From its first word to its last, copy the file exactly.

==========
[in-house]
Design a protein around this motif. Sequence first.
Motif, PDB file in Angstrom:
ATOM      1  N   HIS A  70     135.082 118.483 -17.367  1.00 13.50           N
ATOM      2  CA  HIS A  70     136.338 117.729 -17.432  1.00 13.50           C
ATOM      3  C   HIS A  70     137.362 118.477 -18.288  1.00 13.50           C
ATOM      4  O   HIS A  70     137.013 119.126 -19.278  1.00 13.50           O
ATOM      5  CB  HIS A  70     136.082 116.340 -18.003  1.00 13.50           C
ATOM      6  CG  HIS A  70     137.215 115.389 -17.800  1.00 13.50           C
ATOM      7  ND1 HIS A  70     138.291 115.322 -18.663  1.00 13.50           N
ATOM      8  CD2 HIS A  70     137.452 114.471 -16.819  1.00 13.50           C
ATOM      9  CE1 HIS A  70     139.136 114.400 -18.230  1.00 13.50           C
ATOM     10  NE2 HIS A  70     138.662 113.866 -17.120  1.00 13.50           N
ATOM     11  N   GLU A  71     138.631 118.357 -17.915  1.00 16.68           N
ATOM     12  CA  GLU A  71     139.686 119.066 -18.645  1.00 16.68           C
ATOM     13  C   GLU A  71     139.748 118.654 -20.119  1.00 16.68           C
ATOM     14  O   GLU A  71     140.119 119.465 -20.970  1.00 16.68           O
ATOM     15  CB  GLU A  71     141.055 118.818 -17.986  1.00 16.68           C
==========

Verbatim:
[in-house]
Design a protein around this motif. Sequence first.
Motif, PDB file in Angstrom:
ATOM      1  N   HIS A  70     135.082 118.483 -17.367  1.00 13.50           N
ATOM      2  CA  HIS A  70     136.338 117.729 -17.432  1.00 13.50           C
ATOM      3  C   HIS A  70     137.362 118.477 -18.288  1.00 13.50           C
ATOM      4  O   HIS A  70     137.013 119.126 -19.278  1.00 13.50           O
ATOM      5  CB  HIS A  70     136.082 116.340 -18.003  1.00 13.50           C
ATOM      6  CG  HIS A  70     137.215 115.389 -17.800  1.00 13.50           C
ATOM      7  ND1 HIS A  70     138.291 115.322 -18.663  1.00 13.50           N
ATOM      8  CD2 HIS A  70     137.452 114.471 -16.819  1.00 13.50           C
ATOM      9  CE1 HIS A  70     139.136 114.400 -18.230  1.00 13.50           C
ATOM     10  NE2 HIS A  70     138.662 113.866 -17.120  1.00 13.50           N
ATOM     11  N   GLU A  71     138.631 118.357 -17.915  1.00 16.68           N
ATOM     12  CA  GLU A  71     139.686 119.066 -18.645  1.00 16.68           C
ATOM     13  C   GLU A  71     139.748 118.654 -20.119  1.00 16.68           C
ATOM     14  O   GLU A  71     140.119 119.465 -20.970  1.00 16.68           O
ATOM     15  CB  GLU A  71     141.055 118.818 -17.986  1.00 16.68           C